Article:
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To be able to solve a sudoku one usually has to first work out all the 'possible' numbers in an empty cell. How can one make a program to do this? In this case 'possible numbers' are ones which have not yet been provided elsewhere in the same line column or box and therefore this cell can possibly have those numbers.

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This is not meant to solve the puzzle.But helpful for those who want to do it by hand. see also here

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  • $\begingroup$ @martijnn2008 You have misunderstood the question. $\endgroup$ – Alan Ross Jun 1 '14 at 12:21
  • $\begingroup$ ok i did misunderstood the question, but what do you expect as answer? $\endgroup$ – martijnn2008 Jun 1 '14 at 15:15
  • $\begingroup$ @martijnn2008 A kind of pseudo code to provide the answer. Anyone doing a sudoku problem unless using my books which already provide it (see my profile) would need to use such a program before starting the solving itself. $\endgroup$ – Alan Ross Jun 1 '14 at 15:18
  • $\begingroup$ My previous question of how to make a sudoku puzzle was considered too broad so now I am splitting it up with many questions all necessary for the end product. $\endgroup$ – Alan Ross Jun 1 '14 at 15:50
  • $\begingroup$ see tex.stackexchange.com/questions/182608/… about my other questions and how I use 'black magic' to solve them! $\endgroup$ – Alan Ross Jun 2 '14 at 9:59
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Algorithm:

int[][] sudoku = new int[9][9];
sudoku = [input the numbers]; // 0 if not known
for-each cell (x,y) do:
  int[] O = {1,2,3,4,5,6,7,8,9};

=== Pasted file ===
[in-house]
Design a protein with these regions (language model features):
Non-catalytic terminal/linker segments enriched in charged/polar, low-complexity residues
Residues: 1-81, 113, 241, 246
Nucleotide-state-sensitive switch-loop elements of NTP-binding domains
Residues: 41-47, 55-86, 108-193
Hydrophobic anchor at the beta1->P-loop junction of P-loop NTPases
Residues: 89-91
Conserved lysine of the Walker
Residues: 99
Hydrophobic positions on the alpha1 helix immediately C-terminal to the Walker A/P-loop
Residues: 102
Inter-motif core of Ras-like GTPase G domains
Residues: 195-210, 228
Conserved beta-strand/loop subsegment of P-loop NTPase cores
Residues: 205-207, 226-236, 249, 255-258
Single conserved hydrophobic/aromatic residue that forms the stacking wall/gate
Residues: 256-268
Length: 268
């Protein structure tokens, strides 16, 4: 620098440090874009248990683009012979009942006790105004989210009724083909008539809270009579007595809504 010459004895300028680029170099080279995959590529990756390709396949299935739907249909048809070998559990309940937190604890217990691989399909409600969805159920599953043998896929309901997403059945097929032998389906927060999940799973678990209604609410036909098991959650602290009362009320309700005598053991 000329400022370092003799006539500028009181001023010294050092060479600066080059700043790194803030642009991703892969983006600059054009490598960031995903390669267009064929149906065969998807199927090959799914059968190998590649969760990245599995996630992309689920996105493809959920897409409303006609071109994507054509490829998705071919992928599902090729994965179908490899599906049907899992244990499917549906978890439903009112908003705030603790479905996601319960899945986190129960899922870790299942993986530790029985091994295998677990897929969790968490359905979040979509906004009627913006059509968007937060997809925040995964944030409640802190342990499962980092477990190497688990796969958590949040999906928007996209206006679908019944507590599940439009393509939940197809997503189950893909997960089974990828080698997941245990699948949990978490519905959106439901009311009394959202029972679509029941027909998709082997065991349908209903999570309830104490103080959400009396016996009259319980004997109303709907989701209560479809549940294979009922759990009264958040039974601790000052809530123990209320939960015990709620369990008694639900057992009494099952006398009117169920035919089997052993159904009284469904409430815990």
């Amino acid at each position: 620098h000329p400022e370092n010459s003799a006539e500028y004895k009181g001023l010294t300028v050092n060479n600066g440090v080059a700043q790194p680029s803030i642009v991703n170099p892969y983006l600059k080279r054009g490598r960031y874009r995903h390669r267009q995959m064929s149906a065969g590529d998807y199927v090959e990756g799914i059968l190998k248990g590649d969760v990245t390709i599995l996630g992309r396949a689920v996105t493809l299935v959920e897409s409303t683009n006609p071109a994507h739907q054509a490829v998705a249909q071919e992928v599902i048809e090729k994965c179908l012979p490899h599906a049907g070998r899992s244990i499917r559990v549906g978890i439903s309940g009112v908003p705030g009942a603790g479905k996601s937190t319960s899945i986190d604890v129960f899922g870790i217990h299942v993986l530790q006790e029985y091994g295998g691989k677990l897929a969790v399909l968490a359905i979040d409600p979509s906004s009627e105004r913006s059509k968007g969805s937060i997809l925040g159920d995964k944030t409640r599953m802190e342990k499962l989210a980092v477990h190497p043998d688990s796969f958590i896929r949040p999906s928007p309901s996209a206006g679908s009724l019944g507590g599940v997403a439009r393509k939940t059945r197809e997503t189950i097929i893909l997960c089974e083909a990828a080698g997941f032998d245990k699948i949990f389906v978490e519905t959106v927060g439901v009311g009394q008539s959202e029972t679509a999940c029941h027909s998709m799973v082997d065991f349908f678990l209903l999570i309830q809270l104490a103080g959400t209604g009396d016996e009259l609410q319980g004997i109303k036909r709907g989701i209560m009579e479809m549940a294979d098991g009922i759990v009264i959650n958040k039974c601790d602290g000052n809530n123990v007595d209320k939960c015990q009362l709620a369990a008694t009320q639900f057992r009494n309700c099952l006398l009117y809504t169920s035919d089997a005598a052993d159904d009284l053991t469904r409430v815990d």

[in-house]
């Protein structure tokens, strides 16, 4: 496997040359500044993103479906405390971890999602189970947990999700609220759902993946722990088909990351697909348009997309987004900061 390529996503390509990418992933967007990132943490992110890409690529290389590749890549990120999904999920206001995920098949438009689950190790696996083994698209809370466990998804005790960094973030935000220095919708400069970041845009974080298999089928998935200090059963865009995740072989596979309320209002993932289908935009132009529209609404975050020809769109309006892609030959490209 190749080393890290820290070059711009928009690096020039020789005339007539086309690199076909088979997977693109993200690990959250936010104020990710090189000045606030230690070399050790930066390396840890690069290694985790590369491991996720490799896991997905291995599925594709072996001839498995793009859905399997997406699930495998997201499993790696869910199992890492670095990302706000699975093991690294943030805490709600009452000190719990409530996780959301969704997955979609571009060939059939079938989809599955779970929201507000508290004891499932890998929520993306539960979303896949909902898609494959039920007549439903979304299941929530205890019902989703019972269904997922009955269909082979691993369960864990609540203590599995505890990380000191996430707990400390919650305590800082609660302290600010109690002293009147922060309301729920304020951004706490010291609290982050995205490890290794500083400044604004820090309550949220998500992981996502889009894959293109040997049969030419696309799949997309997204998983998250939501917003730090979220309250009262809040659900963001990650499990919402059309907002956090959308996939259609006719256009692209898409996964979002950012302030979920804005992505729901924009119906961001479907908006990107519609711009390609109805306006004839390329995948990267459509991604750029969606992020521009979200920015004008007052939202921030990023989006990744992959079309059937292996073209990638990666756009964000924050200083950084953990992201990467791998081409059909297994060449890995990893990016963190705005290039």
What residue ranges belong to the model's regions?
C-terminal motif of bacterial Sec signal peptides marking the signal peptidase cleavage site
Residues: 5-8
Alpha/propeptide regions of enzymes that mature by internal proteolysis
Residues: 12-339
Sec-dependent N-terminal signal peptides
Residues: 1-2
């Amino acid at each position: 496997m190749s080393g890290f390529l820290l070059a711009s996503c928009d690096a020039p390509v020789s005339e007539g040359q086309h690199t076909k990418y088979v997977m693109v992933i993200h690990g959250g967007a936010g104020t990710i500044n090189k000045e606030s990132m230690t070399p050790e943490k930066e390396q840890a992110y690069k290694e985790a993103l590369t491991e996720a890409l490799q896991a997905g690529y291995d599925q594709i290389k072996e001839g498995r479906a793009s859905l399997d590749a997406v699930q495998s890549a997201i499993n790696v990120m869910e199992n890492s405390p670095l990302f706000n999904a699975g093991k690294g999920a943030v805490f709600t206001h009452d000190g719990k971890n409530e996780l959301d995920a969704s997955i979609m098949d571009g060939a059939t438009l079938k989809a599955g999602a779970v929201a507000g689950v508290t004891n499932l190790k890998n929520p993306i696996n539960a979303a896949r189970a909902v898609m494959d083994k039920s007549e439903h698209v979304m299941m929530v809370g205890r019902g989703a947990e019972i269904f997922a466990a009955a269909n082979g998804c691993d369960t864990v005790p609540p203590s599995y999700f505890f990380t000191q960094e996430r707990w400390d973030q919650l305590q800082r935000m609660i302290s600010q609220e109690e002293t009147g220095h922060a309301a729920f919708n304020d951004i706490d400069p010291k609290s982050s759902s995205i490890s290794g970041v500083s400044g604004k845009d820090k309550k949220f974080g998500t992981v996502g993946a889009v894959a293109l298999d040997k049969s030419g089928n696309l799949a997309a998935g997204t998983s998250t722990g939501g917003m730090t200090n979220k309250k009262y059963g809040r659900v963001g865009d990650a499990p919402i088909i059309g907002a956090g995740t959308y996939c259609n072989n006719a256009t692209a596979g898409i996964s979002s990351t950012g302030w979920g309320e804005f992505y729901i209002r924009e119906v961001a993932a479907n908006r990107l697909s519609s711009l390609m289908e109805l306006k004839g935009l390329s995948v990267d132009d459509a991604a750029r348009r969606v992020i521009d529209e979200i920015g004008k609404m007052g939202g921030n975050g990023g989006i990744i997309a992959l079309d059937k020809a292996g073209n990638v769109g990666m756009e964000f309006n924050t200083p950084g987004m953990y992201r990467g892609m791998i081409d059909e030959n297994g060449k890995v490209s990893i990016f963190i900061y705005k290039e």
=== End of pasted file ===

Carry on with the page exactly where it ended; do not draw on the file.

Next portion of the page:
// remove from O all numbers that are in the same square
  (bX, bY) = getBlockXY( cell (x,y) ); // this can be done with some if-statements
  for i = 1 to 3 do:
    for j = 1 to 3 do:
      if sudoku[bX * 3 + i][bY * 3 + j] then : // evaluates to true if known
        O.remove(sudoku[bX * 3 + i][bY * 3 + j]); 
      end if
    end for
  end for      

  // remove from O all numbers that are in the same row
  for i = 1 to 9 do:
    if sudoku[i][y] then :
      O.remove(sudoku[i][y]);
    end if
  end for

  // remove from O all numbers that are in the same column
  for i = 1 to 9 do:
    if sudoku[x][i] then :
      O.remove(sudoku[x][i]);
    end if
  end for

  print O
end for-each

I think you could do this more efficiently by using some kind of datastructure. I have no idea about that yet.

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  • $\begingroup$ Correct that is the basic idea of what one has to do before venturing to solve a sudoko unless it has already been done for you. $\endgroup$ – Alan Ross Jun 1 '14 at 15:40
  • $\begingroup$ I hope this version is more usefull $\endgroup$ – martijnn2008 Jun 1 '14 at 16:46
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I had my solver use a simple process of elimination. I gave each cell an array of possible values and linked them by row, column and grid. Then, whenever a number is selected, I removed it from the array of possible values in the grid, row and column for that number being selected. I then iteratively looked for the space with the fewest possible options and selected it next.

There are further efficiencies that can be gained, but this is one of the simplest ways to implement a solver.

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